Banksters making the U.S. a tax shelter?
Just when you thought the banksters had done all they could to rig the game against people that bail them out, you hear another tale of industrial-strength greed.
This time, the scam is so ironic it’s almost absurd.
For almost a decade the U.S. government has been going around the world forcing governments to shut down tax haven status for U.S. money. Rich individuals and shrewd companies have been “offshoring” money into tax havens like the Bahamas or Panama or Switzerland for decades.
Governments in these countries would allow banks to protect the identities of the account holders and many accounts were set up as shell corporations to hide the true identity of the depositors.
Never mind the fact that huge companies like Apple, Shire, Google, Tyco and scores of others have been offshoring tens of billions in profits for years and the U.S. government says it’s helpless to do anything. It seems the might of U.S. only works when it comes to individuals, not powerful corporations.
I have heard horror stories about how far the U.S. will go to track down not just people looking to get their money of the U.S., but even people who tell people how to do it. It’s rare to find anyone in the U.S. who will tell you how to offshore assets these days because the feds have effectively shut them down under the auspices of abetting a criminal conspiracy to defraud the government, since moving money into tax havens is now considered illegal.
Never mind the fact that telling people how to do anything is usually protected by the 1st Amendment. You can tell people how to rob a bank; you can write an account of a bank heist; you just can’t rob a bank. But that isn’t the case with telling people how to get their money offshore.
But that was then.
Now, apparently, after shutting down all avenues for Americans to send their money out, the U.S .banksters are allowed to bring in foreign money and hide it in the U.S. Yes, the U.S. is becoming the world’s new tax haven.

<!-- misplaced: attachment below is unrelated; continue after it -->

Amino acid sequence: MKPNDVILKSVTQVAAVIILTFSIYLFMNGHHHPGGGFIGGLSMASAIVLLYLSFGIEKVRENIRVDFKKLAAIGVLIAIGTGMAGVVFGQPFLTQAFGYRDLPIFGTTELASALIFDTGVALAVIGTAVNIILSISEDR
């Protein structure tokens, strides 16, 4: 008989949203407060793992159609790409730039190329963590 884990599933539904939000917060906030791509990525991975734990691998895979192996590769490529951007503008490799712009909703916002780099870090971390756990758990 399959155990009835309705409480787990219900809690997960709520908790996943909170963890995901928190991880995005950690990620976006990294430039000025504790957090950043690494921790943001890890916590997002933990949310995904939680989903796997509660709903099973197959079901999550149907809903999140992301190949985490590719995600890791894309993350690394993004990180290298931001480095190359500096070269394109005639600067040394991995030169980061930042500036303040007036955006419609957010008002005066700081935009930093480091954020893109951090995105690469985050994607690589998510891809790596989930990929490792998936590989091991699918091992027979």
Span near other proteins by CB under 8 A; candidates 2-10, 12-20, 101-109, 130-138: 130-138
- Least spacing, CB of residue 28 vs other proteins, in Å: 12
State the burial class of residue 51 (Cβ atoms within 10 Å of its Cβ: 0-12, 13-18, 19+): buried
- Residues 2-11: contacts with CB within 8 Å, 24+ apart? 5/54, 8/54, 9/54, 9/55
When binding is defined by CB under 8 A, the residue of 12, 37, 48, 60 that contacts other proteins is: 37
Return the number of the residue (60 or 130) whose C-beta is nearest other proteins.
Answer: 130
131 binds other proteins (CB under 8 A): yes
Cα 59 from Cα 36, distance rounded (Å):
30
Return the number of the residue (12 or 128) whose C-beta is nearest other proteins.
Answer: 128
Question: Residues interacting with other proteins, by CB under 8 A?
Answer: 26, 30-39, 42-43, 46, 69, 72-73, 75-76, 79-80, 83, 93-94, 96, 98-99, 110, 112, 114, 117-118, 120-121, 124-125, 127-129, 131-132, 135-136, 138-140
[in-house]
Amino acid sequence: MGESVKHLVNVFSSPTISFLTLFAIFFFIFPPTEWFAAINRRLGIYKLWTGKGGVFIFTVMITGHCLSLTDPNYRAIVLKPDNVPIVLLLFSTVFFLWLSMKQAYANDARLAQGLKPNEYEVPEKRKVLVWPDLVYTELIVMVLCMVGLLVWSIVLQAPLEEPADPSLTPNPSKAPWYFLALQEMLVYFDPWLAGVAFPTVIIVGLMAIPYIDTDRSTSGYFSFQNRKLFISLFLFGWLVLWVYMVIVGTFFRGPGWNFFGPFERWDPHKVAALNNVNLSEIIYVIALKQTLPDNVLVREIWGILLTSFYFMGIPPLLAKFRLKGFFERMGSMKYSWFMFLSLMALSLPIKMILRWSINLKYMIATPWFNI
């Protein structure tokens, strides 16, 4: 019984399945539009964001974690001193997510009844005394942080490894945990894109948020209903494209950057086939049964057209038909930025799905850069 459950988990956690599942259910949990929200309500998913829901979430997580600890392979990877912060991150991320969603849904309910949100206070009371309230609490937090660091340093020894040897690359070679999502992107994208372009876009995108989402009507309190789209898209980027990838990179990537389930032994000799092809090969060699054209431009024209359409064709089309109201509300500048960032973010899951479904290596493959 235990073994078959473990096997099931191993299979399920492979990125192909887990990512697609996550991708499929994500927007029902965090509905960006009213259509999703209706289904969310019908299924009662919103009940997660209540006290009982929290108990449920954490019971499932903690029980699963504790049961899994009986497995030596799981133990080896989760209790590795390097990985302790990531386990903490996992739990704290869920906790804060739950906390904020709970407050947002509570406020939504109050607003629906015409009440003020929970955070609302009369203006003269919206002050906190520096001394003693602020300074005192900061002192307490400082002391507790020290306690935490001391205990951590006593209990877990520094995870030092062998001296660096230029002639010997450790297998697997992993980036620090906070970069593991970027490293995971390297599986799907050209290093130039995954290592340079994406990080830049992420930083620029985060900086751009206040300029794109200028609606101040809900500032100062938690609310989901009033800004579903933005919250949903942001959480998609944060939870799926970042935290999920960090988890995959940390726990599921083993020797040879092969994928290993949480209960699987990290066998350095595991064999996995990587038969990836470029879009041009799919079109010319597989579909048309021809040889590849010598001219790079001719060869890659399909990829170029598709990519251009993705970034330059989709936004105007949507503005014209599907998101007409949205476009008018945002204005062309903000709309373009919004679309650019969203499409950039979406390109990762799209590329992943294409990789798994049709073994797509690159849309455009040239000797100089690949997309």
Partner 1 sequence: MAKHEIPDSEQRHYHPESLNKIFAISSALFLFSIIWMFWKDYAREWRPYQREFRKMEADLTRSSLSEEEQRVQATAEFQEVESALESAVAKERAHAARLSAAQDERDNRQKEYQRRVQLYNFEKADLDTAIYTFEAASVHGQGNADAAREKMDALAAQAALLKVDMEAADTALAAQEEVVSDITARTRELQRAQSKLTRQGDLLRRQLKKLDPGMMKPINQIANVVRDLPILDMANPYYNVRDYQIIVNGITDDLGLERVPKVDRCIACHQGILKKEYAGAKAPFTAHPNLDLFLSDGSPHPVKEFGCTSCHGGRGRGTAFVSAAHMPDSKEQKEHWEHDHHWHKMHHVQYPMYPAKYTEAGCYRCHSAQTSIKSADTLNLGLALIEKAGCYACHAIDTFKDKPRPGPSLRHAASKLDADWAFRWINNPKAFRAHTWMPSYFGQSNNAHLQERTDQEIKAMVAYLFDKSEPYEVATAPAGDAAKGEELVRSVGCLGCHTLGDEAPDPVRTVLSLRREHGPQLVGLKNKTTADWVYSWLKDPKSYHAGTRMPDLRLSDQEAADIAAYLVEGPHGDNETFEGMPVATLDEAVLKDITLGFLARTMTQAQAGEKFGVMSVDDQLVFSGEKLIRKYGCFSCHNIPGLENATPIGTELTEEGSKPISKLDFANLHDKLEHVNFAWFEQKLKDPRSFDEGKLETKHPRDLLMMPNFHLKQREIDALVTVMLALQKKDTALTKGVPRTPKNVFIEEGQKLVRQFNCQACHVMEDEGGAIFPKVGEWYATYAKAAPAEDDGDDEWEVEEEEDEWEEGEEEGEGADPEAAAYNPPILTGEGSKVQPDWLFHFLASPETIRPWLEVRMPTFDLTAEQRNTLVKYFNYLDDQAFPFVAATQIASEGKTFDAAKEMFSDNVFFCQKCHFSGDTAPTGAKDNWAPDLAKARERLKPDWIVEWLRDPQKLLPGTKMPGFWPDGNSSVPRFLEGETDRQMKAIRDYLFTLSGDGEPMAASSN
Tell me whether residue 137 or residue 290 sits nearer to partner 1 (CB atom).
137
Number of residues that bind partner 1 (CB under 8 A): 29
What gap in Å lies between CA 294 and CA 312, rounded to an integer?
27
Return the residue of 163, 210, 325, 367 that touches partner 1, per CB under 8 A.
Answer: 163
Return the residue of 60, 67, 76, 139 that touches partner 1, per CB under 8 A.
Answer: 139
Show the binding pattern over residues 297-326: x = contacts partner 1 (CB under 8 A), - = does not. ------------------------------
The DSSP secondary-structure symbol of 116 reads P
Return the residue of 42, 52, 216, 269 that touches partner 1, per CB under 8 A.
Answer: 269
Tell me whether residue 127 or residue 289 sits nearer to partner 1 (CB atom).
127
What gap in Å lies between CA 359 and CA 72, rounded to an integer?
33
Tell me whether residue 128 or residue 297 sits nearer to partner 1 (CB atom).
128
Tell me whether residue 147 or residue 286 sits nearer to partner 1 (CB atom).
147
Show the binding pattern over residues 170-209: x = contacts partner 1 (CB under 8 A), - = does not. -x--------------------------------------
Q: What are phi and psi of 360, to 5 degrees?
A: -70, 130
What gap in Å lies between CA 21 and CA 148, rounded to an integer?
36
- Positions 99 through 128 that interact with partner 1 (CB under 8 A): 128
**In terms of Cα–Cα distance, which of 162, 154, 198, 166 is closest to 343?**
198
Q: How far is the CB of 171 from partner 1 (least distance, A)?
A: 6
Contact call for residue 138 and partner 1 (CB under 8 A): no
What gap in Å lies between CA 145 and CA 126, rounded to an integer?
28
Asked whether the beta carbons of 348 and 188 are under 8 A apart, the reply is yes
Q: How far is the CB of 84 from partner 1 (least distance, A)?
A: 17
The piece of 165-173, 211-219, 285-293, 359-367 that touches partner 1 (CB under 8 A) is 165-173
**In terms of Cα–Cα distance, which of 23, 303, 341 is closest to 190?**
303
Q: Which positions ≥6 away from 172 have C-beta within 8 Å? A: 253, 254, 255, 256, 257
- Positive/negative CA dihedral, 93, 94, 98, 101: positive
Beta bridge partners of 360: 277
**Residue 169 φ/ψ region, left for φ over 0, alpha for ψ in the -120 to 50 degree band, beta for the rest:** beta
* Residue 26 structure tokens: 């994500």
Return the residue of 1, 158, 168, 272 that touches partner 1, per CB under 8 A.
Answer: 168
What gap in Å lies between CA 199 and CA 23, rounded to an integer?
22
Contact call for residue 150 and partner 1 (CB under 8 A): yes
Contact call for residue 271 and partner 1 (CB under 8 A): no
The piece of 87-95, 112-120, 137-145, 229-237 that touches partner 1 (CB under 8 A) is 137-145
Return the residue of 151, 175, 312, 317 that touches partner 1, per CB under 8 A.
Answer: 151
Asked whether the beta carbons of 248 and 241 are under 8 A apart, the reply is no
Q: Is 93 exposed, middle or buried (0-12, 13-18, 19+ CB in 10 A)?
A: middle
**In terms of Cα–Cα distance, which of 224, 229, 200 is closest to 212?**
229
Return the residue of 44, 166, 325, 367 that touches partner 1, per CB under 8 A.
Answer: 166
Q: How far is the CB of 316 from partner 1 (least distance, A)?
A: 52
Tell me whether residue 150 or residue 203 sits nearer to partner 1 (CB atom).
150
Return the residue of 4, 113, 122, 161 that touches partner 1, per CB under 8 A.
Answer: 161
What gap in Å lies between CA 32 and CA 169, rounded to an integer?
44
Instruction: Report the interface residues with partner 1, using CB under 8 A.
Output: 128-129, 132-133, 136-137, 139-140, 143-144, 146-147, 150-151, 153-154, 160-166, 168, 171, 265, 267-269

The U.S. has refused to join all the other countries we cajoled into stricter disclosure guidelines and so now it’s the hottest country in the world for offshoring rich foreigners’ cash. And this happens just as the big banks are shuttering their trading operations and focusing on wealth management. Coincidence?
Is it a coincidence there are scores of Chinese billionaires and super millionaires that are trying to get money out of China? Or that as wealthy Europeans and Russians watch their currencies tank, and Middle Eastern oil barons are scrambling, a magical offshoring operation in none other than the good ol’ U.S. of A has materialized?
No it isn’t. And it’s quite likely that the U.S. banksters are simply the end point of the global institutional financial cabal, shuffling cash around the globe to use as leverage and keep the fixed game of global wealth fixed.
Of course all this capital from these whales (the insider term for super high net worth individuals) just doesn’t sit in bank accounts gathering 1.3 percent APR. The banks slide this over to their investment banking side and start leveraging that money on whatever the new hot game in town is.
Also, remember that even after the near total financial meltdown, the big banks still have ridiculously small reserve requirements — the percentage of monies they have to hold in case they have to pay out redemptions.
That means, the banksters have rebuilt a castle in the sky in a different part of the sky, again. And when it crashes to Earth, guess who the bag holders are going to be? You and me. The rich will get their money, the banksters will be bailed out and their system will chug along.
This is why putting at least some of your assets outside the system is crucial, especially now that you can’t get your money outside the U.S. Fiat currencies are fickle. Stocks are owned by institutions, not individual investors. Mutual funds are run by the big institutions.
Precious metals bullion especially now, or solid, metals-backed exchange-traded funds (ETFs) are the best way to get outside the banksters’ continual viscous cycle.